What will be your main responsibility(ies) on the space station?
I am training to fly as a flight engineer on the Russian Soyuz spacecraft, so much of my training is geared toward this. You can think of this as the commute to and from the station, but of course it is a fairly exciting ride each way. For each ride to the station, be it in the Russian ward rounds fall 2007 33 Soyuz or the U.S. Shuttle, you spend an inordinate amount of time training for the ascent and landing, since that is the most critical “hands on” phase of space flight. Between the launch and landing, I will spend about six months aboard the station. First and foremost I will be a generic flight engineer, responsible for assembly and maintenance tasks, EVA, and robotics operations.
The International Space Station is a fairly complex platform. A good deal of time each day is spent maintaining and servicing the life support, thermal control, electrical power, and other systems. Aside from this, each crew member must exercise for about two hours daily to minimize effects of weightlessness. Much time also will be spent on science payloads, including medical research. Typically two crew members on board are trained as medical caregivers, and I will by default be one of these. I helped devise the medical system on the space station in my years as a flight surgeon, so this will be an interesting field test.
What effect does space travel have on the human body?
|Wearing a shuttle launch and entry suit, Dr. Barratt prepares for an exercise to simulate a “bail-out” over water. The exercise involves being dropped into the water and evaluated on the ability to jettison a parachute, deploy and enter a life raft, and use all survival gear.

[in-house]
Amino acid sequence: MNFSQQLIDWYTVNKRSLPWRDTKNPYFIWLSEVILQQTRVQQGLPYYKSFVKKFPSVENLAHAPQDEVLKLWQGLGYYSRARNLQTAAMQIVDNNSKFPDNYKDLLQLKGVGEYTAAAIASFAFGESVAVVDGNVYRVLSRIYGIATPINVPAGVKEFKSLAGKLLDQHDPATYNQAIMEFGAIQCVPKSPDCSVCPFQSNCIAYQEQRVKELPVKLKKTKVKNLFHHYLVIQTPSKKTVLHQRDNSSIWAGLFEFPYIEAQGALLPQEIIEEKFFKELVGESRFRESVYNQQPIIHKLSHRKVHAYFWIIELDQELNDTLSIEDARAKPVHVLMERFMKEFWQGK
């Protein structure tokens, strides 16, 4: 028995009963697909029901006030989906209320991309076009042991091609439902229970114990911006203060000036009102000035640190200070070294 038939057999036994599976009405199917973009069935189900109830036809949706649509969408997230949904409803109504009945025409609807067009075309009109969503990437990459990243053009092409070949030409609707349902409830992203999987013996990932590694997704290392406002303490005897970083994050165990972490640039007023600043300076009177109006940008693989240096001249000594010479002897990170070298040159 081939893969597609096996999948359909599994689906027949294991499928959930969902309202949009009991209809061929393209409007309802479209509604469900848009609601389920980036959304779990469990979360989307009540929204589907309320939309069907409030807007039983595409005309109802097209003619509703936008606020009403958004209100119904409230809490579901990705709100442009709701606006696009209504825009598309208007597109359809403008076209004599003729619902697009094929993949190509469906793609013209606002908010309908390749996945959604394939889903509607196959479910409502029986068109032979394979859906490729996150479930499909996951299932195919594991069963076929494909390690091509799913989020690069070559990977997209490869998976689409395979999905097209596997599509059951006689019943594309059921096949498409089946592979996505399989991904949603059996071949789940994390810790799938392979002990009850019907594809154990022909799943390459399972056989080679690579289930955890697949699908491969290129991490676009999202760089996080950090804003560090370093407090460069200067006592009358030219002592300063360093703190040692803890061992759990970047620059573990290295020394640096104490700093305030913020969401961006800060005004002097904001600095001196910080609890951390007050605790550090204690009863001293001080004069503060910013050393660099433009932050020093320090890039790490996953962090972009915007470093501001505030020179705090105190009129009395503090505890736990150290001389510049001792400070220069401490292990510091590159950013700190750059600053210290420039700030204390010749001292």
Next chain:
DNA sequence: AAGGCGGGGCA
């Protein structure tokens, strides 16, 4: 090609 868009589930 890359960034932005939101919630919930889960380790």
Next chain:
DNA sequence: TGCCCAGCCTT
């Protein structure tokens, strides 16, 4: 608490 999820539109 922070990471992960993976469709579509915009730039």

It has many effects, most related to weightlessness. When in an “unloaded” state as opposed to a state affected by Earth’s gravity, the body adapts by “down regulating” functions that are not used frequently. Muscle mass is lost, particularly from postural muscles and lower extremities, as well as bone mineral density, both related to the unloading of forces that normally shape maintenance and modeling of tissue structure. The ability to regulate blood pressure during gravitational challenges, such as standing up from a sitting or recumbent position, is largely compromised after a few days in space, let alone six months.
Aerobic capacity decreases, and most crew members lose four or five kilograms of lean body mass before achieving a new steady state. Body fluid regulation changes, and blood volume typically decreases 10 15 percent. Neurovestibular regulation and reactivity to positional challenges are significantly downgraded after several months in space. Other changes also occur but are mostly adaptive and don’t bother you during flight. They mainly become problematic, or maladaptive, when you return to Earth and have to readapt to loads again.
Characterizing both adaptation to weightlessness and readaptation to gravity is another task. We have learned about aspects of basic human physiology by subtracting gravity as an omnipresent factor. Also, when people first go to Mars, it will likely follow a long period of weightlessness during the trip out. Astronauts landing on the surface will not have medical specialists to help them. We will need to have well developed methods of assessment, readaptation, and regaining of performance to allow crew members to get out of their ships and explore the surface.
The one big bogey of spaceflight is radiation. While not producing symptoms or influencing adaptation or performance, earth orbit is very much a radiation environment due to particles trapped in the geomagnetic fields, galactic cosmic rays, and solar particles. Astronauts are classified as radiation workers, and we monitor accumulated doses exhaustively. The major medical risk is increased cancer risk. All of this gets worse as you leave Earth’s vicinity for the Moon or Mars. Developing effective radiation shielding and other protective measures are among the highest life sciences priorities in human space flight.
Posted November 30, 2007. Excerpted from the Fall 2007 issue of Ward Rounds.